PRINT November 2004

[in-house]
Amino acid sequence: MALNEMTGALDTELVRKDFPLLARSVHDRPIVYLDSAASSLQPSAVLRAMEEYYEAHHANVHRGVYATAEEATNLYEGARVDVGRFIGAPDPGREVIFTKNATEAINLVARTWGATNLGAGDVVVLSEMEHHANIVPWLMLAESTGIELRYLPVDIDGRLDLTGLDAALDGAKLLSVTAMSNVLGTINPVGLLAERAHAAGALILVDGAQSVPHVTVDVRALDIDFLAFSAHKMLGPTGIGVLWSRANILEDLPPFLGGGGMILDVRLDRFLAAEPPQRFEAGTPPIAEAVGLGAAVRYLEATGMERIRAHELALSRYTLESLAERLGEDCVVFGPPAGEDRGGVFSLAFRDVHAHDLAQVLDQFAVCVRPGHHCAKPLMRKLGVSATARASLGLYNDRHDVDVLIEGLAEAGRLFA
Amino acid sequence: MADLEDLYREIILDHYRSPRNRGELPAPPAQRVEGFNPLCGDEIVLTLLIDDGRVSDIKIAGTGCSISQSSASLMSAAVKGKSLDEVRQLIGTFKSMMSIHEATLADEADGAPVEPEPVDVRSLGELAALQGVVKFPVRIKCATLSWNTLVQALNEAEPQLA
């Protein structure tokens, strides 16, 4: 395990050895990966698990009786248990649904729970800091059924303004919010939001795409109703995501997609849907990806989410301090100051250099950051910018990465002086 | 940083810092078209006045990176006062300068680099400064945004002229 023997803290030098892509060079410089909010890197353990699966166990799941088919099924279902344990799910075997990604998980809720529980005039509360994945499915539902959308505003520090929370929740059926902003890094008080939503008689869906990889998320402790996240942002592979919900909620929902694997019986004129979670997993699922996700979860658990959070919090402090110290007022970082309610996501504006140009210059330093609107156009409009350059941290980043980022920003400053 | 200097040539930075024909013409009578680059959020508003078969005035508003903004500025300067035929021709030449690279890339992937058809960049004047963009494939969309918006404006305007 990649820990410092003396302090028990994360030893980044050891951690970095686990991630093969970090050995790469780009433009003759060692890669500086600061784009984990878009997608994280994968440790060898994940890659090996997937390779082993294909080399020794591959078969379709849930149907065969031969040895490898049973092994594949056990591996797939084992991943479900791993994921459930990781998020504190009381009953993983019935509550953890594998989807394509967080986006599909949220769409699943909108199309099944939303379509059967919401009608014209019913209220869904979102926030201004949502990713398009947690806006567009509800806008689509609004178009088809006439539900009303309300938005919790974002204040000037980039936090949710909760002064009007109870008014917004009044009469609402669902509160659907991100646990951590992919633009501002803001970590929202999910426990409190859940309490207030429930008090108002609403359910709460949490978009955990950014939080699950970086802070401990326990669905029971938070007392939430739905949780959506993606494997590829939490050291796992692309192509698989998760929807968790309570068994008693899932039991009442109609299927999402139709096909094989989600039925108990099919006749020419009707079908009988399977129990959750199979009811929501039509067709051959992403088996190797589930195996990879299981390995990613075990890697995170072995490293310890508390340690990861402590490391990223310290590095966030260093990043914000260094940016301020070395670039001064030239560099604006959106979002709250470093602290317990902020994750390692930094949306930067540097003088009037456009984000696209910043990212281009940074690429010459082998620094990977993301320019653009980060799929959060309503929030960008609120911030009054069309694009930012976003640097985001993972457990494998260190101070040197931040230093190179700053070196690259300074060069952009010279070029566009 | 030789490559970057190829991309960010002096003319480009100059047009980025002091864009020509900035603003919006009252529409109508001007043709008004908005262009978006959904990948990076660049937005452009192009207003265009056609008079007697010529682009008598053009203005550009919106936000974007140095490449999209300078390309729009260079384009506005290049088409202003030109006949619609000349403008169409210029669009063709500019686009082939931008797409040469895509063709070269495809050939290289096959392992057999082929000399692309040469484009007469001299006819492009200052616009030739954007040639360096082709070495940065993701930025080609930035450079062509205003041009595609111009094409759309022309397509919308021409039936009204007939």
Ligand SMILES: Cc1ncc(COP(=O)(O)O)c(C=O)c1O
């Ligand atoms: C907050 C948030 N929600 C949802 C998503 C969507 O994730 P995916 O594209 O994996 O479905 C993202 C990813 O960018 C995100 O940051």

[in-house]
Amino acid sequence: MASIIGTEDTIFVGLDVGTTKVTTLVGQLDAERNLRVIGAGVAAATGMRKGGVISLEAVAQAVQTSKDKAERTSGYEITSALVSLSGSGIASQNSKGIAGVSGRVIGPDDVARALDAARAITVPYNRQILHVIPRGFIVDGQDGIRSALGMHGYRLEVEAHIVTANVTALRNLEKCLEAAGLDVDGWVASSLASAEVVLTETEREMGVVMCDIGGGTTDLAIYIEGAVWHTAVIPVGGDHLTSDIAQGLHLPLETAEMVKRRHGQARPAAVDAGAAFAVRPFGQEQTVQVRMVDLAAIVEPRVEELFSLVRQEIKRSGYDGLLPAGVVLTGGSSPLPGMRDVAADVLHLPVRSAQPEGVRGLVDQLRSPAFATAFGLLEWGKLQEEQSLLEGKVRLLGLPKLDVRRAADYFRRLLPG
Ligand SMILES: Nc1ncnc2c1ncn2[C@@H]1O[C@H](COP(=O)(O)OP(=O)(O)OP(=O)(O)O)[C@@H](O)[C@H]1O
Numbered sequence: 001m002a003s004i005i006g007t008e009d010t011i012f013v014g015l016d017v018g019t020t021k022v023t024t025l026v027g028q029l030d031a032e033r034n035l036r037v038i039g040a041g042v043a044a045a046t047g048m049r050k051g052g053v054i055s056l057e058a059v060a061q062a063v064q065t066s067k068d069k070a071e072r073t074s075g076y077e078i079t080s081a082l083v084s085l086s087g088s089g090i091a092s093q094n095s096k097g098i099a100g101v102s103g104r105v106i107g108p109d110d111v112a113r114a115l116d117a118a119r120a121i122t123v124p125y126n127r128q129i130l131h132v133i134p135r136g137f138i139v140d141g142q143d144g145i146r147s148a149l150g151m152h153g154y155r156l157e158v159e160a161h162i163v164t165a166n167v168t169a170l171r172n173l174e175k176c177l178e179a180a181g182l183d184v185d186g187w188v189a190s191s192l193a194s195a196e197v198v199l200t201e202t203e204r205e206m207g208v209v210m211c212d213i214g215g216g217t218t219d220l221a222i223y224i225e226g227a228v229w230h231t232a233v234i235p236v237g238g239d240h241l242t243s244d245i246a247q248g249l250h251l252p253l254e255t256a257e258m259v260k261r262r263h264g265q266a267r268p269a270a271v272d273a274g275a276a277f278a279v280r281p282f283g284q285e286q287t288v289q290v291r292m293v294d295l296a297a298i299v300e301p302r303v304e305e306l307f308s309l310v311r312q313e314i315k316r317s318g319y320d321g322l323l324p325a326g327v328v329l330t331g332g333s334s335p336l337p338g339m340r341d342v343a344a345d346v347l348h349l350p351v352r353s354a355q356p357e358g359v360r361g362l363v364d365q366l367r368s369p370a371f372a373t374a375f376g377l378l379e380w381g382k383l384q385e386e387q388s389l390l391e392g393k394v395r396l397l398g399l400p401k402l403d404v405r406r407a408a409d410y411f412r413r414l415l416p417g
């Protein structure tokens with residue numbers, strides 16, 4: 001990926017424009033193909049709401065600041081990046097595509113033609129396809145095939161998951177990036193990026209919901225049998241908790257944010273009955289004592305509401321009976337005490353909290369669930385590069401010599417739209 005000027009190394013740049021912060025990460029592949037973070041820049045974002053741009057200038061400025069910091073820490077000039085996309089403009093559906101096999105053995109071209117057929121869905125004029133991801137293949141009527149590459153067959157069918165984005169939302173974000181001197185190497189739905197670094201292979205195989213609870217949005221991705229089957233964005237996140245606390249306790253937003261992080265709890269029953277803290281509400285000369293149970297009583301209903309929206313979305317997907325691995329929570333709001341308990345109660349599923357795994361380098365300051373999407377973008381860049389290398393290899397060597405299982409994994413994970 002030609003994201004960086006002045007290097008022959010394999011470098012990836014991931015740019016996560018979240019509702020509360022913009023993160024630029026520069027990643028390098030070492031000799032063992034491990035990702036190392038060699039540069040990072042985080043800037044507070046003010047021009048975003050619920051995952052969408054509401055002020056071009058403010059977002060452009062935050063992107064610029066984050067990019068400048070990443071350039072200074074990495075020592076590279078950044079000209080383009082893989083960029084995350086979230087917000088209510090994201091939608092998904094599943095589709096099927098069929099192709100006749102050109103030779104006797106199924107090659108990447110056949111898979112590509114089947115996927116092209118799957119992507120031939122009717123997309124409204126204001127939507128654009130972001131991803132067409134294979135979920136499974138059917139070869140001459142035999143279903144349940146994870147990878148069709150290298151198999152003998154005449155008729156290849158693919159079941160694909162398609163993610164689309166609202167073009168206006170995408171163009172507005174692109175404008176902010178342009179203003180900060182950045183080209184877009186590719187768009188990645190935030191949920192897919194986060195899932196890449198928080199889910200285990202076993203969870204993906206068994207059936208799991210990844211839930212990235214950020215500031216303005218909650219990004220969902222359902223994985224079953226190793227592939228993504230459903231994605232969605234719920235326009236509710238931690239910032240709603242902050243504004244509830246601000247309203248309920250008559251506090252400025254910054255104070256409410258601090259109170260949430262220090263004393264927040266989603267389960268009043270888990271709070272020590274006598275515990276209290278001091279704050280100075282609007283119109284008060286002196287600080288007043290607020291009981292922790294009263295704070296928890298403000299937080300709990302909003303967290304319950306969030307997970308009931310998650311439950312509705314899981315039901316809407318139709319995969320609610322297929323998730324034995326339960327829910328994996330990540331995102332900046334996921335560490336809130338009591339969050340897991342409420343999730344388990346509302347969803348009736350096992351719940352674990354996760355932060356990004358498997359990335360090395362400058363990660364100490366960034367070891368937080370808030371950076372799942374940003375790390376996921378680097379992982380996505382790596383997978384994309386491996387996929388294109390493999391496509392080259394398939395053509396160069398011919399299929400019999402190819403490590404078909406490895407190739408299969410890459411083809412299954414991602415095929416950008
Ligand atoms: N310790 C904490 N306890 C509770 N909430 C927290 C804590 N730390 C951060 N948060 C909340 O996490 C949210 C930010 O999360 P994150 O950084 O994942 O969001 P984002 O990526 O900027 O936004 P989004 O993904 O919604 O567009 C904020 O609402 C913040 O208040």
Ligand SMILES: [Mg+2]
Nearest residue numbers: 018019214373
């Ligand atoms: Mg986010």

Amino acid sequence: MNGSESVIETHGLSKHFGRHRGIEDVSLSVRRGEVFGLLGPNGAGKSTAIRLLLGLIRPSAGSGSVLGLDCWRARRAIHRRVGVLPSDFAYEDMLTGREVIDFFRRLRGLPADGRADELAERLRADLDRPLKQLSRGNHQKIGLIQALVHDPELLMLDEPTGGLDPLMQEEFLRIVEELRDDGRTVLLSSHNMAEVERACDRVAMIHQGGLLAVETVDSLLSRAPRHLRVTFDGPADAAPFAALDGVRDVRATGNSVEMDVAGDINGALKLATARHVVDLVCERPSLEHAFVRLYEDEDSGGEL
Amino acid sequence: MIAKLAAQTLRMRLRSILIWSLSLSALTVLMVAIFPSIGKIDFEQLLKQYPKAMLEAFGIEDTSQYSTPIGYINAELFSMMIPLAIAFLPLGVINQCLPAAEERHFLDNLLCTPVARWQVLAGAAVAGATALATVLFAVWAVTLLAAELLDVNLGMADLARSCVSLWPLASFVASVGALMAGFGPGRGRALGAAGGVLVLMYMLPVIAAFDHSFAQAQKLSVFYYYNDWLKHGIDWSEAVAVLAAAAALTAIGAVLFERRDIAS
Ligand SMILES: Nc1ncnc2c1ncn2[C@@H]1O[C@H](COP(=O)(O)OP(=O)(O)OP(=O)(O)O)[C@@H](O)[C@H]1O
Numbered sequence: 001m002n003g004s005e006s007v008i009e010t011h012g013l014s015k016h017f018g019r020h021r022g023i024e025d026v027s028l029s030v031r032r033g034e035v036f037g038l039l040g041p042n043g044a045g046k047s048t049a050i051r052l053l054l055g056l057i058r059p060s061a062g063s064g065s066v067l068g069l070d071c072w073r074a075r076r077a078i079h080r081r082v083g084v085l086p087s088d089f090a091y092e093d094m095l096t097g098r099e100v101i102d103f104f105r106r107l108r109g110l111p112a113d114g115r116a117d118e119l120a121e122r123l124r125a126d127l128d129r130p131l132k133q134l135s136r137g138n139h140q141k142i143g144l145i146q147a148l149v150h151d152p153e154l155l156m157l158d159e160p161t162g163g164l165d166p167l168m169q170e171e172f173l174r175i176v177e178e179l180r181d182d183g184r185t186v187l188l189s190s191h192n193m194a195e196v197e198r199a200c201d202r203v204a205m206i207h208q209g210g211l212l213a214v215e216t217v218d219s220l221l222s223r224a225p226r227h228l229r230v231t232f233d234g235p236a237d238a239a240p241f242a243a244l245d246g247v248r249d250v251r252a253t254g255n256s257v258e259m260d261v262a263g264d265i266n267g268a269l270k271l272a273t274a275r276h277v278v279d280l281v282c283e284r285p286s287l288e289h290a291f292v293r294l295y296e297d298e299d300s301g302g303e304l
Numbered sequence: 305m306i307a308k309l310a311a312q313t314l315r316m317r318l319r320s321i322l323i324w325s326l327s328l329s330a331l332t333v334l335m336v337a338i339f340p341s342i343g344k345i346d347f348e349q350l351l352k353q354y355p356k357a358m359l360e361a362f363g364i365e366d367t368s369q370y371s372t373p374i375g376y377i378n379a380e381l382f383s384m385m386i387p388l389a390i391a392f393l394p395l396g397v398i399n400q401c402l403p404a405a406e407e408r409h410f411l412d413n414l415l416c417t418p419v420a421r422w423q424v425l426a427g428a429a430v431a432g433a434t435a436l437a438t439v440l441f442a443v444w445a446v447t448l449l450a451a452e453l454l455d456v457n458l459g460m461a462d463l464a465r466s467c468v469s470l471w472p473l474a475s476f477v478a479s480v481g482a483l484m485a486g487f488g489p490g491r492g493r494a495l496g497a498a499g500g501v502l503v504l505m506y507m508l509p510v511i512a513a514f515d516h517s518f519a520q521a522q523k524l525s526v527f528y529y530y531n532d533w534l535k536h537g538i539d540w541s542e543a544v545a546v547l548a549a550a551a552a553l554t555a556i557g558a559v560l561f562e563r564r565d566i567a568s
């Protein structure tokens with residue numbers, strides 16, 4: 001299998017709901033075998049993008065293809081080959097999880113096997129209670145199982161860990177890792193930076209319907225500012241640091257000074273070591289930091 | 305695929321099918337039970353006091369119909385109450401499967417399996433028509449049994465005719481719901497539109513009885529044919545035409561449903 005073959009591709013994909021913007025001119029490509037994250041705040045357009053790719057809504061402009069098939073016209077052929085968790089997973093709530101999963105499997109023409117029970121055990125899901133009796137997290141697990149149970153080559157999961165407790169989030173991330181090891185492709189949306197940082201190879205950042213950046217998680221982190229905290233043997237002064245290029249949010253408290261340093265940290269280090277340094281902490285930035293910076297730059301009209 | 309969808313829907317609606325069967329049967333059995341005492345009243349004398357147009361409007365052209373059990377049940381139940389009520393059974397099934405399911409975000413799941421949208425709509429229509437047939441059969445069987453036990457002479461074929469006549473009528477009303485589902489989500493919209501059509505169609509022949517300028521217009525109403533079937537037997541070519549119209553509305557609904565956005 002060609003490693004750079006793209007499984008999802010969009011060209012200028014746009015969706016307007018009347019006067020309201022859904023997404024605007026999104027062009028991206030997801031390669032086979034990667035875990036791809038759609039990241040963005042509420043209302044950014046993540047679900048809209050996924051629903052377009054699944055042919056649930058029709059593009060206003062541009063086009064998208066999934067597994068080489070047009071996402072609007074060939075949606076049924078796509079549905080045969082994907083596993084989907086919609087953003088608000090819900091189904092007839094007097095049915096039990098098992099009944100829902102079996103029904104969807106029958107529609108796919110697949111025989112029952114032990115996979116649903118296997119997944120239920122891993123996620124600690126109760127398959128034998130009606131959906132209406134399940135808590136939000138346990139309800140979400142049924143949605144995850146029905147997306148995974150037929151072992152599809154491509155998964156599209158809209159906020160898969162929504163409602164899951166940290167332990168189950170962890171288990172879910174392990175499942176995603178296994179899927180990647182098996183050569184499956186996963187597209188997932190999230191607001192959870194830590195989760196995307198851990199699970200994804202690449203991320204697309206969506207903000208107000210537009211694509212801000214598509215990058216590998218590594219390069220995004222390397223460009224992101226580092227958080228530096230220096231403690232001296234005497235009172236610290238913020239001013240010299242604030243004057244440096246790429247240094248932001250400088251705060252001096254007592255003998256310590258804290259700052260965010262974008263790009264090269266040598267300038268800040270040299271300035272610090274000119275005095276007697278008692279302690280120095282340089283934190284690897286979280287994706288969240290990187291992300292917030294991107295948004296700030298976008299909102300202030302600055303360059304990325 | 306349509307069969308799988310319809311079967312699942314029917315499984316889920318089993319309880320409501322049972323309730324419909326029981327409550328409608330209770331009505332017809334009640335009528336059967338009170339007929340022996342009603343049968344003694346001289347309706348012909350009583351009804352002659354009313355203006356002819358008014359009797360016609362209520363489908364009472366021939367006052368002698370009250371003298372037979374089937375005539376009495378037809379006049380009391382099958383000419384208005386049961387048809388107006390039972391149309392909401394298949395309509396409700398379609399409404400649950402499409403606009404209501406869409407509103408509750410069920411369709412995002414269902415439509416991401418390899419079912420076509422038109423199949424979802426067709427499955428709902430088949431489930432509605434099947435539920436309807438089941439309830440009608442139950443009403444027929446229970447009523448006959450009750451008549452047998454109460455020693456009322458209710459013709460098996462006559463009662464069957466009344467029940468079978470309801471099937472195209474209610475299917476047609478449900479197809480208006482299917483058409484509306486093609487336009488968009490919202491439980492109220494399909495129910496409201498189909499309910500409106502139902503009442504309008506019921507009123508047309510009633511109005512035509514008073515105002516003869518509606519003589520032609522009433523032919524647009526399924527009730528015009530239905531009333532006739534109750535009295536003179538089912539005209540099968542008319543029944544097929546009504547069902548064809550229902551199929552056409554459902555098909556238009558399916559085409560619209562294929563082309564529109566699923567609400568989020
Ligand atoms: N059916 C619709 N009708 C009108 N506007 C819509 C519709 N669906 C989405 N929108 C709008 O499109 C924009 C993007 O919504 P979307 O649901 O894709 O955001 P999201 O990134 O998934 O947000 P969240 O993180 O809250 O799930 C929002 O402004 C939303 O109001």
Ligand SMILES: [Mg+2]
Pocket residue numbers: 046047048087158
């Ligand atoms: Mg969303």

Throughout his career, Mark Dion has engaged classificatory systems in both the natural sciences and museological practices, underscoring not only how we order the messy boundaries between nature and culture, but also the more contested dynamics of control and exclusion manifested by acts of social policy and cultural preservation. He has collected plant, rock, and animal specimens in locales as diverse as the Amazon and New York’s Chinatown; rearranged the holdings of natural and cultural history museums in Switzerland and Spain; and conducted archaeological digs in New England and London. Now he turns his critical eye to the Museum of Modern Art. For a project commissioned to coincide with the opening of MoMA’s new building this month, Dion examined the construction site—and, more specifically, the architectural artifacts that were removed or destroyed to make way for the museum’s

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